As streaming surges globally, Roku is falling behind abroad

The streaming device maker is strong in the U.S., but it has some catching up to do in other markets.

Streaming services

Conviva's report shows that some of the pandemic-related viewing trends of 2020 are here to stay.

Photo: Thomas Trutschel/Getty Images

Roku continues to rule streaming in the U.S., but is falling behind in other markets, according to a new report from streaming media intelligence company Conviva. The company's latest "State of Streaming" report shows that Roku is losing out to smart TV makers like Samsung and LG, with smart TV usage seeing significant uptick across the globe.

The report also shows that some of the pandemic-related viewing trends of 2020 are here to stay: Viewing has shifted from mobile to the big screen, from prime time to anytime and from live to on demand, with little indication that the growth in streaming and overall internet traffic has led to any significant negative impact on video quality.

streaming growth Streaming is growing worldwide, but has largely matured in North America.Image: Conviva

Global video viewing time grew 36% worldwide in Q1 when compared to Q1 of 2020. The streaming market is showing some signs of maturity in North America, where viewing was up just 18%. South America on the other hand saw viewing grow by a whopping 240% year-over-year, followed by Africa with 149% and Europe with 122%. "We are seeing pretty considerable growth in other markets," Conviva CEO Bill Demas said in a conversation with Protocol this week.

Turns out those markets also have very different device usage trends: 37% of all big-screen viewing was happening on Roku streaming devices and Roku-powered smart TVs in the U.S., but the company's usage share in South America amounted to just 4%.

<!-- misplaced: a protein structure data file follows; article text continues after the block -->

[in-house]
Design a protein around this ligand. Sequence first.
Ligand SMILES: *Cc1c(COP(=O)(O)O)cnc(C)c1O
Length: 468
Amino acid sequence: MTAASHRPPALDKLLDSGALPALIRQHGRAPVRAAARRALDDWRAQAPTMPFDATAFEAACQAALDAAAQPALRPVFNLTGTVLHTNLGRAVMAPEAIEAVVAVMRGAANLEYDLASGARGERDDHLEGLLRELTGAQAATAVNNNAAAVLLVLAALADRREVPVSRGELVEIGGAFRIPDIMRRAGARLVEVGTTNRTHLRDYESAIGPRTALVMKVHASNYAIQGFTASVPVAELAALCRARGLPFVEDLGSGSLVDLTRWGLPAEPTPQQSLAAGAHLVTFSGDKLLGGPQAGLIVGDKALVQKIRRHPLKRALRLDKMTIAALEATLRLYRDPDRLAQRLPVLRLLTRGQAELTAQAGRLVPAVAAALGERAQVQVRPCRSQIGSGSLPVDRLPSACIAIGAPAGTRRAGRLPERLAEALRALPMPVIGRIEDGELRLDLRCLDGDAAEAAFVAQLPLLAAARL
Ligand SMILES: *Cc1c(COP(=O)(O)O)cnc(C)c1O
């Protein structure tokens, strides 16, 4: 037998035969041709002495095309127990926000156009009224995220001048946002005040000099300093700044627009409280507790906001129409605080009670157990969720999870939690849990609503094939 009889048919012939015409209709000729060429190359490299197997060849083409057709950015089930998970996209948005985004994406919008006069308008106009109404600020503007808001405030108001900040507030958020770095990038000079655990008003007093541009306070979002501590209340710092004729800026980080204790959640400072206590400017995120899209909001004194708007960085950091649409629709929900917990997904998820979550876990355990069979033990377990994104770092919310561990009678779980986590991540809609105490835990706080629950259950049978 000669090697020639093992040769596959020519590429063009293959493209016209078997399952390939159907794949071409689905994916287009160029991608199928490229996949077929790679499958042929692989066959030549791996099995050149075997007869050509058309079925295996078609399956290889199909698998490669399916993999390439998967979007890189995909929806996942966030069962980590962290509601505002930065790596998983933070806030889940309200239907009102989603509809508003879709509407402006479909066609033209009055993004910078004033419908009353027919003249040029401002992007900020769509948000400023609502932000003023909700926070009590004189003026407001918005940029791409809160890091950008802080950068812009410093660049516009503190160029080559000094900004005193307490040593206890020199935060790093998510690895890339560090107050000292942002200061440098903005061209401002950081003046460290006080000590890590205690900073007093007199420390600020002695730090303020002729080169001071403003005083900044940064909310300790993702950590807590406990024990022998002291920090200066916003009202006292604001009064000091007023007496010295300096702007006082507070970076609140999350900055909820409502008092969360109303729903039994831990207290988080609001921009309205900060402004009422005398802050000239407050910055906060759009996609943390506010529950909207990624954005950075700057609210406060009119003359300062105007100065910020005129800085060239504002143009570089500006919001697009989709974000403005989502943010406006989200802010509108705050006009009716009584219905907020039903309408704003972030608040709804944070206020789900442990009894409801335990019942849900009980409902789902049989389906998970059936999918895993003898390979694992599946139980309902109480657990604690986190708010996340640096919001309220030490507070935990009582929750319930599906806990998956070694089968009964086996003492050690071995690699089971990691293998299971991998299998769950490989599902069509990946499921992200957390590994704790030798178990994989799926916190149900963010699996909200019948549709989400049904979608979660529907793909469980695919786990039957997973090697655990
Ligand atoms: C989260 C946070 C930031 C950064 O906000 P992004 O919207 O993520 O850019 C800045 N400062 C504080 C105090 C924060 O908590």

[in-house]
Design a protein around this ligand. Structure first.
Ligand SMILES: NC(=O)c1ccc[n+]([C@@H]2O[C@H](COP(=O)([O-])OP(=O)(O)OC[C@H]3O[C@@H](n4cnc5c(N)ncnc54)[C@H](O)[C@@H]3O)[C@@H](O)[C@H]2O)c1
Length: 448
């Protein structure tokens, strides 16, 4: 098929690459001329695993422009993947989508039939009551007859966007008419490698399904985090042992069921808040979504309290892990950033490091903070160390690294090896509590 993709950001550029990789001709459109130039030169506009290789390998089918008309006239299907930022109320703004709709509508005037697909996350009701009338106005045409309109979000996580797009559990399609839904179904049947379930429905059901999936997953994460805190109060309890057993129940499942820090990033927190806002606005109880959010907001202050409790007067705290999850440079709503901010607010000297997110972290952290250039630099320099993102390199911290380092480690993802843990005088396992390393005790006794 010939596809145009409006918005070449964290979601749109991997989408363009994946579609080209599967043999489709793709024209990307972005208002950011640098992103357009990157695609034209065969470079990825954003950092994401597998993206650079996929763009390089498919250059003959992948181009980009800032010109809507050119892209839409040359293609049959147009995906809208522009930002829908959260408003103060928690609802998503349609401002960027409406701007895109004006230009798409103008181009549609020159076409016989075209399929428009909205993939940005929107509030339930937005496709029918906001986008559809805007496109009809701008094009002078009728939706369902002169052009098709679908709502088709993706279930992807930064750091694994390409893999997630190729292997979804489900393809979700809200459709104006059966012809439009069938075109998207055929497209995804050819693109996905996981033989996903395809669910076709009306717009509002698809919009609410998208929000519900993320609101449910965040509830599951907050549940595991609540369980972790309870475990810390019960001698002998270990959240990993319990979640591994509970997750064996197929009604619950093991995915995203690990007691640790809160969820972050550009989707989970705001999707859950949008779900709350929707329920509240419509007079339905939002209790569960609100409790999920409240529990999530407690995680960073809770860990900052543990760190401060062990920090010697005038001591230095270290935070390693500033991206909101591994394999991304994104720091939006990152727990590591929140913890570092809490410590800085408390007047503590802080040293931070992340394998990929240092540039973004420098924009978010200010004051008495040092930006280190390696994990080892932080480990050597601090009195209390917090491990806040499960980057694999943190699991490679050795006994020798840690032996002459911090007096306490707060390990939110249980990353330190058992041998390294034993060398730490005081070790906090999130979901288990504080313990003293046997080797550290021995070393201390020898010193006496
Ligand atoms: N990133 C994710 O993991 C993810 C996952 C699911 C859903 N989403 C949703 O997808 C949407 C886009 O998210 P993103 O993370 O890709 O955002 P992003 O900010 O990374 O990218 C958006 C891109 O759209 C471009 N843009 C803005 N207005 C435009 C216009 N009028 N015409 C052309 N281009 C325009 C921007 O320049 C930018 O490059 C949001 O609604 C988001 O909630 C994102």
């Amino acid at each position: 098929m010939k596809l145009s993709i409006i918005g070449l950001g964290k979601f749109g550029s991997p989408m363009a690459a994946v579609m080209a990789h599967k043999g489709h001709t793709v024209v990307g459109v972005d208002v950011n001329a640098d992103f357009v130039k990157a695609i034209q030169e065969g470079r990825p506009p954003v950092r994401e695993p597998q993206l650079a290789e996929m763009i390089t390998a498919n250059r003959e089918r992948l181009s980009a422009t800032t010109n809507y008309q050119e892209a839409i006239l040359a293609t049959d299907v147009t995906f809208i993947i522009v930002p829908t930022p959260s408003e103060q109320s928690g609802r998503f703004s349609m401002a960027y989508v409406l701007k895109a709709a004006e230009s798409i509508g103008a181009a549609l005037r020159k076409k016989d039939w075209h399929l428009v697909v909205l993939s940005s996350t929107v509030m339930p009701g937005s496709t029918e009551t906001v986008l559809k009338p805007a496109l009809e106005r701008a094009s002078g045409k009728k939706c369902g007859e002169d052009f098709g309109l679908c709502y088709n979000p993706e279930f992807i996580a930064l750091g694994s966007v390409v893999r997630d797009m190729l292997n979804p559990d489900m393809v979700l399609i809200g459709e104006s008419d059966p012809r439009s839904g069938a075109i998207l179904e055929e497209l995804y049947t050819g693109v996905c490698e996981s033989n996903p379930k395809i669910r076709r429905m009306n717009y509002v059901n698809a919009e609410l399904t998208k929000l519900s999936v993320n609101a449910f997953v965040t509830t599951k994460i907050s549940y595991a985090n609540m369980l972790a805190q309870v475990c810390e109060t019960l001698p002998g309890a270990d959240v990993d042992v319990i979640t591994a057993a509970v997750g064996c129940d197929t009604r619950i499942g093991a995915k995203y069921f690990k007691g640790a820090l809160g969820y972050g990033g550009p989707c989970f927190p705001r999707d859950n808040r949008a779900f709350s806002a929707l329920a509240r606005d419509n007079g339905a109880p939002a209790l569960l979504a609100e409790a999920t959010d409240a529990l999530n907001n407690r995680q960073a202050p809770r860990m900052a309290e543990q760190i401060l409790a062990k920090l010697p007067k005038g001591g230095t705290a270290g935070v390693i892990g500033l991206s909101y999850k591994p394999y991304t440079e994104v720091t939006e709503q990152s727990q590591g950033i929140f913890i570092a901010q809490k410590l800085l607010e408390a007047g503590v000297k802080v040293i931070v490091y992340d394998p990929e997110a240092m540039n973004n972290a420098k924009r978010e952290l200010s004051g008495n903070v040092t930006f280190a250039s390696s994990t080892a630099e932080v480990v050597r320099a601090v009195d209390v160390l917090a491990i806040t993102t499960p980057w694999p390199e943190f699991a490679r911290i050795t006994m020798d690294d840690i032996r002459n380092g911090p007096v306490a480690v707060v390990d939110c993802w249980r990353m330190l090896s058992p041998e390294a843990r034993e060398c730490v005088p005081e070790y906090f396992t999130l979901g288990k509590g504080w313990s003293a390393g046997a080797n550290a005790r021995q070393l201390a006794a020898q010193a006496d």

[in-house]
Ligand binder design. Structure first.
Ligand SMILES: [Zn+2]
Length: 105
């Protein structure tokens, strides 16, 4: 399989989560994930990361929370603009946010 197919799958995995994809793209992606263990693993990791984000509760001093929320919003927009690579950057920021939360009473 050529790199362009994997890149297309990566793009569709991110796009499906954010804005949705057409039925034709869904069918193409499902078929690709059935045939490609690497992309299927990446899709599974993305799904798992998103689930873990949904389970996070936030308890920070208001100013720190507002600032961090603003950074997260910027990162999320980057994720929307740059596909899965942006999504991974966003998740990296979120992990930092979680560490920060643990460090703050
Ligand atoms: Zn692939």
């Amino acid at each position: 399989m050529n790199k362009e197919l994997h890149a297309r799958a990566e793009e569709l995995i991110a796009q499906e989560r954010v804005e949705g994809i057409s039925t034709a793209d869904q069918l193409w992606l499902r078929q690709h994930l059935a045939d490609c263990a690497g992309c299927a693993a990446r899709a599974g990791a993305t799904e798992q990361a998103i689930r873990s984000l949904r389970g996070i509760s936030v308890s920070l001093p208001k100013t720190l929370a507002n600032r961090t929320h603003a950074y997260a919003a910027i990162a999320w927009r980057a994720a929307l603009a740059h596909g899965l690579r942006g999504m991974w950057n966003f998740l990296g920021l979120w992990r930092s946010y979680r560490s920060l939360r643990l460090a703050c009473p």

smart tv market share Roku is strong in North America, but has surprisingly low usage in Europe and South America.Image: Conviva

Surprisingly strong in South America were Samsung and LG, which were able to capture 30% and 23% of big-screen streaming, respectively. In North America, those two companies accounted for a combined share of just 14% of all big-screen streaming, according to Conviva.

Roku began selling devices in Brazil last year, and has been in other Latin American countries as well as parts of Europe for a few years now. However, the company's European business didn't have much of an impact this past quarter, either, amounting just 8% of all big-screen streaming.

And while streaming on TVs has been surging in overseas markets, Roku has been slower than some of its competitors to capture those eyeballs. "We are not seeing them benefit from that," said Conviva's marketing director, Paula Mantle Winkel. Roku's global share of big-screen viewing time fell from 33% in Q1 of 2020 to 30% in Q1 of 2021, according to the company's report.

It's worth pointing out that Conviva doesn't track device sales. Instead, the company is using analytics code embedded in 3.3 billion streaming apps to crunch the date on viewing behavior from 500 million viewers globally, which collectively viewed some 180 billion streams last year.

live vs on demand viewing On-demand viewing is seeing a lot more growth than live video.Image: Conviva

Using that lens, Conviva was also able to take a closer look at the general viewing behavior of audiences around the globe. The result: Lots of the behavior we learned during the height of the pandemic has seemed to stick. Even with sports back, on-demand viewing is growing faster than live viewing, and accounted for 76% of global viewing time in Q1, compared to 72% during the same quarter a year ago.

And with everyone watching on their own time, the traditional TV schedule has gone out of the window. "Prime time changed," Demas said. People who used to watch from 7 p.m. to 10 p.m. now increasingly tune in any time from 10 a.m. to 10 p.m.

But even with the growth in streaming, it hasn't actually led to the kinds of network congestion everyone worried about at the onset of the pandemic. Smart TVs in particular showed less buffering and improved bitrates than just a year ago. "Those fears turned out to be not terribly founded," Winkel said.

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